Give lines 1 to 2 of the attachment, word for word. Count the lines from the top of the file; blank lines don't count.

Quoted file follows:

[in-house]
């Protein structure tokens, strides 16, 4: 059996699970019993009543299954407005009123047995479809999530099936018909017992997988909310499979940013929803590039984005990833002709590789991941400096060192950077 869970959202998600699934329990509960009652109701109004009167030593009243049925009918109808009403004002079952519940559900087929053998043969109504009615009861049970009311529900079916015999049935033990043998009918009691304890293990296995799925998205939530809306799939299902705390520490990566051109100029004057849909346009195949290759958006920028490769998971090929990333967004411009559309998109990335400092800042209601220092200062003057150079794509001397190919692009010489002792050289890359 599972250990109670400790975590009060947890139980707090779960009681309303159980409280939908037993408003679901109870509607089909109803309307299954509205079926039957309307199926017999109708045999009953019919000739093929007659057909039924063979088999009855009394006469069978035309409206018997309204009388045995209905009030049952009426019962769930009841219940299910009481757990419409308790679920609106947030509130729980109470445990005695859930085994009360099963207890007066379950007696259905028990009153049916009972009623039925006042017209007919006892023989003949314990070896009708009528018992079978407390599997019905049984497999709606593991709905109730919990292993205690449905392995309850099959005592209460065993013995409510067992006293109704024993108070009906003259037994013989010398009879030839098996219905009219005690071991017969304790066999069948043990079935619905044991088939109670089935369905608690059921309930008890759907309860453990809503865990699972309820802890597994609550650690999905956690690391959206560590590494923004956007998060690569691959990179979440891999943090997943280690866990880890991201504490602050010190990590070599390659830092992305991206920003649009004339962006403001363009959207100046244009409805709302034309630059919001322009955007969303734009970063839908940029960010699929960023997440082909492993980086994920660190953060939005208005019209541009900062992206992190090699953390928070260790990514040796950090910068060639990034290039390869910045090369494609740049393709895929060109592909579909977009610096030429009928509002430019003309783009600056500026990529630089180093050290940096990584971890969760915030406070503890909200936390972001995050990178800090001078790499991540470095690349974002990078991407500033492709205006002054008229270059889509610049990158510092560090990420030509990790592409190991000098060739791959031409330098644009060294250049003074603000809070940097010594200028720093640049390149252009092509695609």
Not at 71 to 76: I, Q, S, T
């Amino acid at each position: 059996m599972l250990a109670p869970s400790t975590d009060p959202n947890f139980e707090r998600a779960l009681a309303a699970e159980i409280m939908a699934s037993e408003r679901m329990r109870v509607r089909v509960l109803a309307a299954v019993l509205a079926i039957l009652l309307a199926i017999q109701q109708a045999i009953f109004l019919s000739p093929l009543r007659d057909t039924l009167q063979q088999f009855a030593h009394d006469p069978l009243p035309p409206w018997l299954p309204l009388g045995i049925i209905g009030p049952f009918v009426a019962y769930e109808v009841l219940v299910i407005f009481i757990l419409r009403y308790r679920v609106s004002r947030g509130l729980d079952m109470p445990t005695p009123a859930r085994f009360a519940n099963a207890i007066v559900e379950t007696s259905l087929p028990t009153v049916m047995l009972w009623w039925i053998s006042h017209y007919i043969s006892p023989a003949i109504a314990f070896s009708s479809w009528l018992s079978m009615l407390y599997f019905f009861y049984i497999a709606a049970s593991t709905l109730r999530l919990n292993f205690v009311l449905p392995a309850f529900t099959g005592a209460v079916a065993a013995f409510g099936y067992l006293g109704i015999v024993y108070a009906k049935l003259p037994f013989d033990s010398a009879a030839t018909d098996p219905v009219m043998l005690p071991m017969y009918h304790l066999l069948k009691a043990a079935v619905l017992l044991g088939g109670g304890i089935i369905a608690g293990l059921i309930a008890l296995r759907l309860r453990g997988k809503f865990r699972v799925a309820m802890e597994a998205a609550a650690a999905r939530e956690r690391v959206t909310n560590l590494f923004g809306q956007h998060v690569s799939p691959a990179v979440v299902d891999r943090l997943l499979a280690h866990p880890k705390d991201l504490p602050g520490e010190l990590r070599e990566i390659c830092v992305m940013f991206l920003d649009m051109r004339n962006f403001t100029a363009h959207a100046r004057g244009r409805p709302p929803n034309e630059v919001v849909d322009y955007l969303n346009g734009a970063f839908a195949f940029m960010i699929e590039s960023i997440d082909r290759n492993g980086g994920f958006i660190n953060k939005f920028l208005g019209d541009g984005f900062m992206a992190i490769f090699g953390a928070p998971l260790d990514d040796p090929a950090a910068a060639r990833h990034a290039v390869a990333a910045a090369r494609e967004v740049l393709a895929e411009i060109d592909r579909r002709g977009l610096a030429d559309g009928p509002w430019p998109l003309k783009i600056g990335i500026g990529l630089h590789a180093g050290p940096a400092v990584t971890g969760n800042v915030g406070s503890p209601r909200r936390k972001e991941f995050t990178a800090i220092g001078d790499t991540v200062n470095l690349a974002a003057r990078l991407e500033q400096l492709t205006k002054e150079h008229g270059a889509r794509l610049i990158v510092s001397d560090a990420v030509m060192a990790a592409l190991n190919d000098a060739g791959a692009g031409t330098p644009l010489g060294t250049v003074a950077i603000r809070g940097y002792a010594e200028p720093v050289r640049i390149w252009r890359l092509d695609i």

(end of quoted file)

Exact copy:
[in-house]
């Protein structure tokens, strides 16, 4: 059996699970019993009543299954407005009123047995479809999530099936018909017992997988909310499979940013929803590039984005990833002709590789991941400096060192950077 869970959202998600699934329990509960009652109701109004009167030593009243049925009918109808009403004002079952519940559900087929053998043969109504009615009861049970009311529900079916015999049935033990043998009918009691304890293990296995799925998205939530809306799939299902705390520490990566051109100029004057849909346009195949290759958006920028490769998971090929990333967004411009559309998109990335400092800042209601220092200062003057150079794509001397190919692009010489002792050289890359 599972250990109670400790975590009060947890139980707090779960009681309303159980409280939908037993408003679901109870509607089909109803309307299954509205079926039957309307199926017999109708045999009953019919000739093929007659057909039924063979088999009855009394006469069978035309409206018997309204009388045995209905009030049952009426019962769930009841219940299910009481757990419409308790679920609106947030509130729980109470445990005695859930085994009360099963207890007066379950007696259905028990009153049916009972009623039925006042017209007919006892023989003949314990070896009708009528018992079978407390599997019905049984497999709606593991709905109730919990292993205690449905392995309850099959005592209460065993013995409510067992006293109704024993108070009906003259037994013989010398009879030839098996219905009219005690071991017969304790066999069948043990079935619905044991088939109670089935369905608690059921309930008890759907309860453990809503865990699972309820802890597994609550650690999905956690690391959206560590590494923004956007998060690569691959990179979440891999943090997943280690866990880890991201504490602050010190990590070599390659830092992305991206920003649009004339962006403001363009959207100046244009409805709302034309630059919001322009955007969303734009970063839908940029960010699929960023997440082909492993980086994920660190953060939005208005019209541009900062992206992190090699953390928070260790990514040796950090910068060639990034290039390869910045090369494609740049393709895929060109592909579909977009610096030429009928509002430019003309783009600056500026990529630089180093050290940096990584971890969760915030406070503890909200936390972001995050990178800090001078790499991540470095690349974002990078991407500033492709205006002054008229270059889509610049990158510092560090990420030509990790592409190991000098060739791959031409330098644009060294250049003074603000809070940097010594200028720093640049390149252009092509695609």